The Farm to Food Bank Initiative will work with more farms after a successful 2021 pilot project with Rendleman Orchards, according to Stephen “Steve” Ericson, executive director of Feeding Illinois.
During the recent Live Local Conference, Ericson; Janie Maxwell, executive director of the Illinois Farmers Market Association (ILFMA); and Zach Samaras, technical assistance engineer with the Illinois Sustainable Technology Center, recapped the initiative’s first year and discussed plans that include adding farmers markets as delivery locations.
The initiative connects food banks with farmers to buy fruit, vegetables, cheese, milk, meat and eggs.
Along with Feeding Illinois and ILFMA, the partners include Illinois Farm Bureau, Illinois Specialty Growers Association, University of Illinois Extension and the Prairie Research Institute’s Illinois Sustainable Technology Center.
Last year, Rendleman Orchards in Union County shipped more than 500,000 pounds of fresh peaches, nectarines and apples to Feeding Illinois food banks.
“It worked well for us,” Rendleman’s Wayne Sirles told FarmWeek. “All the larger food banks had loading docks, and we were able to package it (fruit), palletize it, put it on trucks and take it to hubs.
“The process worked out well. We had adequate efficiency. They had coolers to store it,” he said.
The initiative offers farmers an alternative market for produce with blemishes, an odd shape, size or color and considered a No. 2 grade.
While farmers are paid for their products, the price is lower than retail or wholesale prices. Sirles described Farm to Food Bank initiative prices for No. 2 fruit as comparable to what the orchard would have received from other markets. The orchard also was reimbursed for transportation to four food banks.
“We sold a lot (of fruit) to them, and they made it easy to work together,” Sirles said. “We definitely would participate again. It went well.”
This year, Farm to Food Bank will work with at least two additional farms, Gibbs Family Farms in Woodford County and Nayak Farms in Grundy County, Ericson told conference participants.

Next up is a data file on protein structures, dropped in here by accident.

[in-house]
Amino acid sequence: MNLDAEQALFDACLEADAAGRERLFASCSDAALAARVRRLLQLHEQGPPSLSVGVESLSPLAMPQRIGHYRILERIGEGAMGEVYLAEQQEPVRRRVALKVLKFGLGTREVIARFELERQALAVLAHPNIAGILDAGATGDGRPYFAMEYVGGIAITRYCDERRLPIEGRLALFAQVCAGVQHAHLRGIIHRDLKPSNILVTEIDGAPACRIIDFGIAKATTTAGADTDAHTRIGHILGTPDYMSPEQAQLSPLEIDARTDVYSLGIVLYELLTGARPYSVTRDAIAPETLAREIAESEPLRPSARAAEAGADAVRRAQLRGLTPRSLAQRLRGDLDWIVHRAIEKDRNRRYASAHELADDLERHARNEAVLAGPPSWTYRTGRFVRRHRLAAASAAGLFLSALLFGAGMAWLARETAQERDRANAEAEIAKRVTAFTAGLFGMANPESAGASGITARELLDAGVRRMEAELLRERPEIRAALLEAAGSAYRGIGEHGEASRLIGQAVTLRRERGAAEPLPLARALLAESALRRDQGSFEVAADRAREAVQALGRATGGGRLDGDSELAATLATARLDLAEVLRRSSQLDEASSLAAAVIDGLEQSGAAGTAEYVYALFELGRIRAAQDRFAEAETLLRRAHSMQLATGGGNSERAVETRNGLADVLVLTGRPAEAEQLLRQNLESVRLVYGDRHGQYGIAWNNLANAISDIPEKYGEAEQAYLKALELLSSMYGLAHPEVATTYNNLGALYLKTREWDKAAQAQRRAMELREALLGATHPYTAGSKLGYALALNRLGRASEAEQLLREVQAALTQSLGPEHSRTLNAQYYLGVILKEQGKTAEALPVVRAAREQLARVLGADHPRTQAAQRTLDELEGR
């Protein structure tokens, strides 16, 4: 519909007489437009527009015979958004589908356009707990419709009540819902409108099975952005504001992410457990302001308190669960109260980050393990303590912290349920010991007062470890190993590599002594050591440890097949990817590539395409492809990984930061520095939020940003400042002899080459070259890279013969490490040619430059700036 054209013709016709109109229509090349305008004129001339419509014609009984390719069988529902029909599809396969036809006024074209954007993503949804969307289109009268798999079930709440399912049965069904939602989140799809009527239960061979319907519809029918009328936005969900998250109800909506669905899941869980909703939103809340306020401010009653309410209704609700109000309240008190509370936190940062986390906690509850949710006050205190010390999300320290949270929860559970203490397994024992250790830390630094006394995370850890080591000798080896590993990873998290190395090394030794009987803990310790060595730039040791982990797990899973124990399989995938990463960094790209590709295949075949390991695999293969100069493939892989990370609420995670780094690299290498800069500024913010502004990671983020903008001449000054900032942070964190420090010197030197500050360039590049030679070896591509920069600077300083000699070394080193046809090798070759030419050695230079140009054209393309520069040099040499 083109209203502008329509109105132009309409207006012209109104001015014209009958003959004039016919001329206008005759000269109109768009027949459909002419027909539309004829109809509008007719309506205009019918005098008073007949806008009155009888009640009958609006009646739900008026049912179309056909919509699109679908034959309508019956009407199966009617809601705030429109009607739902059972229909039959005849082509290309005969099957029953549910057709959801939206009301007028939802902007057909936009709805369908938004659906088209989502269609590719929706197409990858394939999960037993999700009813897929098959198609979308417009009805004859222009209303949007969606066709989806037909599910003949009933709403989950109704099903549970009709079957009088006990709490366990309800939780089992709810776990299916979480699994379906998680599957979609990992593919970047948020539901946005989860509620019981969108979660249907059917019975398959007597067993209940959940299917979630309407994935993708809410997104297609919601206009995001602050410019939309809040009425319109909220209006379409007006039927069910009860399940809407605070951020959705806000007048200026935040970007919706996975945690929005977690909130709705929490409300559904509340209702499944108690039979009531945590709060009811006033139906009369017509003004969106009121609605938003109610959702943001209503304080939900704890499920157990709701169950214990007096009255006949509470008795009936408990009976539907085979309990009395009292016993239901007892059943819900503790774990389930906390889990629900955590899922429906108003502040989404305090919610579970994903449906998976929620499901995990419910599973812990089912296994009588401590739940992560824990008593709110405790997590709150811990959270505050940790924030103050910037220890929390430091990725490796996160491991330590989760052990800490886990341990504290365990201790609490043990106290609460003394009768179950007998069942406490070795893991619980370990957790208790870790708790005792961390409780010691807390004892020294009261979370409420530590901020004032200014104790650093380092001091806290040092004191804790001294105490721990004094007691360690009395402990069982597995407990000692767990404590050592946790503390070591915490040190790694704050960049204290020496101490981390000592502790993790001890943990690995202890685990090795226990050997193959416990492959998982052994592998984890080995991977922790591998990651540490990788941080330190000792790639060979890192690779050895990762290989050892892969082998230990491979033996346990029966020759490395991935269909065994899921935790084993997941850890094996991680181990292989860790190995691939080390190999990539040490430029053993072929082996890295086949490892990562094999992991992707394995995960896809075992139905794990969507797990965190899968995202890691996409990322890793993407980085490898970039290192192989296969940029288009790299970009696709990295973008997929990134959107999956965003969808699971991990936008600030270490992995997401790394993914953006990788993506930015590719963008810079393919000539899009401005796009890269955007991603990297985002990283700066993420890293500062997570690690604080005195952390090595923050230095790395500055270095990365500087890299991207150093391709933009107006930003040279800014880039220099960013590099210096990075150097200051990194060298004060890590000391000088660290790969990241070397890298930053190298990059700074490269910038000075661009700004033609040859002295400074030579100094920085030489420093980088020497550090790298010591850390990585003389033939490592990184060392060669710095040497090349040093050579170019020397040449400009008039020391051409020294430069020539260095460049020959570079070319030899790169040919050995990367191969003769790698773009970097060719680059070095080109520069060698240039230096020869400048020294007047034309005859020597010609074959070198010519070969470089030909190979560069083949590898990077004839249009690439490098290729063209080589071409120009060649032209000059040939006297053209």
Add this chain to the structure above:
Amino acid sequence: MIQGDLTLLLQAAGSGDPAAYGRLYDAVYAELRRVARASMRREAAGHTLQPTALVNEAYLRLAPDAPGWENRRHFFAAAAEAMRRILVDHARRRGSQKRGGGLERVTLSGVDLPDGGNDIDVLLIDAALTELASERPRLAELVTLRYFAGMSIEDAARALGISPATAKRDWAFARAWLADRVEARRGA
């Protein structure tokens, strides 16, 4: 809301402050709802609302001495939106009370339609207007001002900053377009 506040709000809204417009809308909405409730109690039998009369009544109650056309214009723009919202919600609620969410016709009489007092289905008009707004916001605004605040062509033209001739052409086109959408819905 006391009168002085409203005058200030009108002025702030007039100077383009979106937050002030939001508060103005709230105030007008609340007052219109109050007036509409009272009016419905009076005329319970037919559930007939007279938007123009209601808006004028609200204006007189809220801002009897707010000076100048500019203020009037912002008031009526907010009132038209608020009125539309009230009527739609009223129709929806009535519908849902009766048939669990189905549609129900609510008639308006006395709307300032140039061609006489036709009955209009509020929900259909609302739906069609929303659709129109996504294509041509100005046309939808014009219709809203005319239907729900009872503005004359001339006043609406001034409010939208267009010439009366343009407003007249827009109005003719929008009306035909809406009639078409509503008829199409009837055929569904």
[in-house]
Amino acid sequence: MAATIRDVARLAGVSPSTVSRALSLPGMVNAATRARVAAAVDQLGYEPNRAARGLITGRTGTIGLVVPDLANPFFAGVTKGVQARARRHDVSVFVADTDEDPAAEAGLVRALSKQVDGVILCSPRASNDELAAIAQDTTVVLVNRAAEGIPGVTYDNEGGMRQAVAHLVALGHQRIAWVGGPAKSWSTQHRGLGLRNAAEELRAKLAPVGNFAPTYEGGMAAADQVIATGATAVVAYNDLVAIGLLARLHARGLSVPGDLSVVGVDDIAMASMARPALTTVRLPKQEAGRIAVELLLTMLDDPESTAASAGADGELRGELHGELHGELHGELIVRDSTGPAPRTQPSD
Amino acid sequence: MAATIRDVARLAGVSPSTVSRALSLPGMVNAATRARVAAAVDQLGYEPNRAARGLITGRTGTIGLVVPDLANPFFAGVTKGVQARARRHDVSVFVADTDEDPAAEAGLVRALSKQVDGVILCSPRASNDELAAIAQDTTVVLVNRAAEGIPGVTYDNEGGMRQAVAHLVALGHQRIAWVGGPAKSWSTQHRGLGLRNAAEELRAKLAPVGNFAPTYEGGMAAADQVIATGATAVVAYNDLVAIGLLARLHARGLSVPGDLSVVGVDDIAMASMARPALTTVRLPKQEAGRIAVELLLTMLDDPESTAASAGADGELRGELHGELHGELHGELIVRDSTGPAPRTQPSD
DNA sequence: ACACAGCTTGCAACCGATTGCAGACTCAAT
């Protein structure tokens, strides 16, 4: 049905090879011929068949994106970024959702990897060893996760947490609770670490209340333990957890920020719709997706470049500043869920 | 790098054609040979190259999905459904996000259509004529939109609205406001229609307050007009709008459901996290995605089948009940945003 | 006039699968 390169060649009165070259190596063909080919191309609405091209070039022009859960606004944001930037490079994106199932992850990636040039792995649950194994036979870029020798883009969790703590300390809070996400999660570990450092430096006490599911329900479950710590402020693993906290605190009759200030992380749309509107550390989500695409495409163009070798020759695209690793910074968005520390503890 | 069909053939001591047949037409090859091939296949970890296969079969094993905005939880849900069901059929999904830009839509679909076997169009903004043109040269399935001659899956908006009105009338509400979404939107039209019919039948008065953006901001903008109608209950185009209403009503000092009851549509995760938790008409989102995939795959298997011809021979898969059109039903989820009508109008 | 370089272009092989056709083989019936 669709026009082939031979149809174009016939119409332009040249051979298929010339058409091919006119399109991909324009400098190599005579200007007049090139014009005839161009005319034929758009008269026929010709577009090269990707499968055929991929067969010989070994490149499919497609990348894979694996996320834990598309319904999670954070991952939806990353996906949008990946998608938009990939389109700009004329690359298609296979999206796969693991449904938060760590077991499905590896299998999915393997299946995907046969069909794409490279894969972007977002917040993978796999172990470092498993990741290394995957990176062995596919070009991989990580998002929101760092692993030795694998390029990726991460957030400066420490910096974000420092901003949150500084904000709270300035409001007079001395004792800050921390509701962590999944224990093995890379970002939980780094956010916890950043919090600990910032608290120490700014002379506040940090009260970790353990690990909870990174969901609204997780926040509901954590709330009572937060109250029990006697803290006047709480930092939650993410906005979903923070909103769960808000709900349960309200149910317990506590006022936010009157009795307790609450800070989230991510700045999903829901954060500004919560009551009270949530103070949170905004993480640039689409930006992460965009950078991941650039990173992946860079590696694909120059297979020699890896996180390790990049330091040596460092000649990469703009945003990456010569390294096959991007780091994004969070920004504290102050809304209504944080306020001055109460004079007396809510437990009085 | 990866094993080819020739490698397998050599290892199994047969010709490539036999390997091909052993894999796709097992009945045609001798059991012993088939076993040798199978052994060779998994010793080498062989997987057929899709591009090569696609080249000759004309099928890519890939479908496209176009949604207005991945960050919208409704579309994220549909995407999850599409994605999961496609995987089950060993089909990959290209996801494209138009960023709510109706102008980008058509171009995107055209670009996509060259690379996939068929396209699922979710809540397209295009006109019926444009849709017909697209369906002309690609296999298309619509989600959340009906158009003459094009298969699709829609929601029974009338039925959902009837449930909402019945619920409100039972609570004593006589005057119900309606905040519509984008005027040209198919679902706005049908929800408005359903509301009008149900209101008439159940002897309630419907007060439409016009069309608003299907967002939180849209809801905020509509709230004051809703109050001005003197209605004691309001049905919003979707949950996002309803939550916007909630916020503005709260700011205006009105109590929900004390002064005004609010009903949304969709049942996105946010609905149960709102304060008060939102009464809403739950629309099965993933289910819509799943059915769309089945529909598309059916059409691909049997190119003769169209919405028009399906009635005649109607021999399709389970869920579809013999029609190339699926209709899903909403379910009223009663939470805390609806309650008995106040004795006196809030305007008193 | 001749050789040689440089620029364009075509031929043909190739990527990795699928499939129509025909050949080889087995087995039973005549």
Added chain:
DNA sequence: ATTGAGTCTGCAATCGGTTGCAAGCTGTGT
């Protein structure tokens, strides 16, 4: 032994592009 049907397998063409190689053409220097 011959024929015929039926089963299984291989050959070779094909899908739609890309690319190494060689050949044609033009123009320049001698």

Nathan and Alison Gibbs are setting aside 2 acres to grow produce that will be distributed to food banks through the Farm to Food Bank program. A physician, Dr. David Nayak and his Strength to Love Foundation plan to donate 16 acres of sweet corn to the Farm to Food Bank program, Ericson said.
“We’re open to different models” of working with farms, Ericson added.
Maxwell explained ILFMA is working to connect farmers markets across the state with Feeding Illinois regional food banks. Under the pilot project, farmers would deliver No. 2 produce to a market and receive an agreed-upon price. The market manager would receive, weigh and document the produce and then transport it to a food pantry or pantries, according to Maxwell.
The pilot would allow farmers markets to aggregate product and give smaller growers an opportunity to participate in the initiative, she added.
Ericson stressed the pilot is not meant to replace, but supplement produce already going from farmers markets to food pantries.
“We’ve discovered farmers in farmers markets are already donating and we don’t want to disrupt that. We just want to build on that,” he said.
Sirles recommended farmers interested in the Farm to Food Bank program consider their production and alternative markets for seconds.
“This is another market that is able to take product that in some years is hard to sell,” especially when hail or other conditions result in an abundance of off-size produce, he said.